Visual Navigation is the problem of navigating an agent, e.g. a mobile robot, in an environment using camera input only. The agent is given a target image (an image it will see from the target position), and its goal is to move from its current position to the target by applying a sequence of actions, based on the camera observations only.
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Reinforcement Learning (RL), among other learning-based methods, represents powerful tools to solve complex robotic tasks (e. g., actuation, manipulation, navigation, etc.
Aiming to improve these two components, this paper proposes three complementary techniques, object relation graph (ORG), trial-driven imitation learning (IL), and a memory-augmented tentative policy network (TPN).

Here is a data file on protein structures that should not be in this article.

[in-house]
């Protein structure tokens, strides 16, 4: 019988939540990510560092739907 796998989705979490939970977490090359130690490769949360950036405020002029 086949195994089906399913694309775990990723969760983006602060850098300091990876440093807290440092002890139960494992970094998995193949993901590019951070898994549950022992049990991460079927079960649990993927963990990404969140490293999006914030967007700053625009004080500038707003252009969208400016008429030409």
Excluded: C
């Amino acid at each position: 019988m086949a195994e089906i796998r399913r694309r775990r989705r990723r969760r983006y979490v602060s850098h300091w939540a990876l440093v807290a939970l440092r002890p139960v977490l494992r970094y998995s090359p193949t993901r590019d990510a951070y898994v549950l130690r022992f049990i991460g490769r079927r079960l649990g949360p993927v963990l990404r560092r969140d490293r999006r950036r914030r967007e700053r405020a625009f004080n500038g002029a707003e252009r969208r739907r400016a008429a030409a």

Monocular visual navigation methods have seen significant advances in the last decade, recently producing several real-time solutions for autonomously navigating small unmanned aircraft systems without relying on GPS.
This paper learns and leverages such semantic cues for navigating to objects of interest in novel environments, by simply watching YouTube videos.
Despite the absence of absolute scale and depth range, the relative depth maps can be corrected using their respective semi-dense depth maps from the SLAM algorithm.
Visual navigation is a task of training an embodied agent by intelligently navigating to a target object (e. g., television) using only visual observations.
Training deep reinforcement learning agents on environments with multiple levels / scenes / conditions from the same task, has become essential for many applications aiming to achieve generalization and domain transfer from simulation to the real world.
Several animal species (e. g., bats, dolphins, and whales) and even visually impaired humans have the remarkable ability to perform echolocation: a biological sonar used to perceive spatial layout and locate objects in the world.